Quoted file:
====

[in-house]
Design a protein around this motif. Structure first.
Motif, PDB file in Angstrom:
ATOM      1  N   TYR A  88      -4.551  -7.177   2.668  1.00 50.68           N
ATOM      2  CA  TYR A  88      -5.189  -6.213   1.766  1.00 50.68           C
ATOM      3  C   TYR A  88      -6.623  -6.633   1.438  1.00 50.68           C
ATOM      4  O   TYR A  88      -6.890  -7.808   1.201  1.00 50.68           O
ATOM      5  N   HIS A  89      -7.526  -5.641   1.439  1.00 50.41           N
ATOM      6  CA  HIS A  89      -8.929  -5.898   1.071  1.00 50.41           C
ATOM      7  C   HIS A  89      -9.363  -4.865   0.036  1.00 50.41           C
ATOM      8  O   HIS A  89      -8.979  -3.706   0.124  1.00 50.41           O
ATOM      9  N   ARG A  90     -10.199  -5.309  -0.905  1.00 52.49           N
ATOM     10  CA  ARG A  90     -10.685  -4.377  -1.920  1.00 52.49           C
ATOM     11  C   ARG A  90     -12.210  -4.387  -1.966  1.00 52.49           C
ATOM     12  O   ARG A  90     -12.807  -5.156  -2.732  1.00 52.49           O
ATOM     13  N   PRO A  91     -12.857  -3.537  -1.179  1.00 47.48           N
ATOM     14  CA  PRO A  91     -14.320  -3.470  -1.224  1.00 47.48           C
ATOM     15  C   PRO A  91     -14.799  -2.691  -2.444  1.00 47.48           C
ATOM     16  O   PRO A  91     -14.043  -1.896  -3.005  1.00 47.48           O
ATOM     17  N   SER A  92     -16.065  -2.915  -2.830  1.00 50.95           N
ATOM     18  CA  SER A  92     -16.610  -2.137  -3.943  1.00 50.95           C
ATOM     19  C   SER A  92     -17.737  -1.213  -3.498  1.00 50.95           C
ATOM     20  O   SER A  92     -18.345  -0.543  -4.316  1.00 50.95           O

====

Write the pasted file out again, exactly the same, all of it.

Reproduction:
[in-house]
Design a protein around this motif. Structure first.
Motif, PDB file in Angstrom:
ATOM      1  N   TYR A  88      -4.551  -7.177   2.668  1.00 50.68           N
ATOM      2  CA  TYR A  88      -5.189  -6.213   1.766  1.00 50.68           C
ATOM      3  C   TYR A  88      -6.623  -6.633   1.438  1.00 50.68           C
ATOM      4  O   TYR A  88      -6.890  -7.808   1.201  1.00 50.68           O
ATOM      5  N   HIS A  89      -7.526  -5.641   1.439  1.00 50.41           N
ATOM      6  CA  HIS A  89      -8.929  -5.898   1.071  1.00 50.41           C
ATOM      7  C   HIS A  89      -9.363  -4.865   0.036  1.00 50.41           C
ATOM      8  O   HIS A  89      -8.979  -3.706   0.124  1.00 50.41           O
ATOM      9  N   ARG A  90     -10.199  -5.309  -0.905  1.00 52.49           N
ATOM     10  CA  ARG A  90     -10.685  -4.377  -1.920  1.00 52.49           C
ATOM     11  C   ARG A  90     -12.210  -4.387  -1.966  1.00 52.49           C
ATOM     12  O   ARG A  90     -12.807  -5.156  -2.732  1.00 52.49           O
ATOM     13  N   PRO A  91     -12.857  -3.537  -1.179  1.00 47.48           N
ATOM     14  CA  PRO A  91     -14.320  -3.470  -1.224  1.00 47.48           C
ATOM     15  C   PRO A  91     -14.799  -2.691  -2.444  1.00 47.48           C
ATOM     16  O   PRO A  91     -14.043  -1.896  -3.005  1.00 47.48           O
ATOM     17  N   SER A  92     -16.065  -2.915  -2.830  1.00 50.95           N
ATOM     18  CA  SER A  92     -16.610  -2.137  -3.943  1.00 50.95           C
ATOM     19  C   SER A  92     -17.737  -1.213  -3.498  1.00 50.95           C
ATOM     20  O   SER A  92     -18.345  -0.543  -4.316  1.00 50.95           O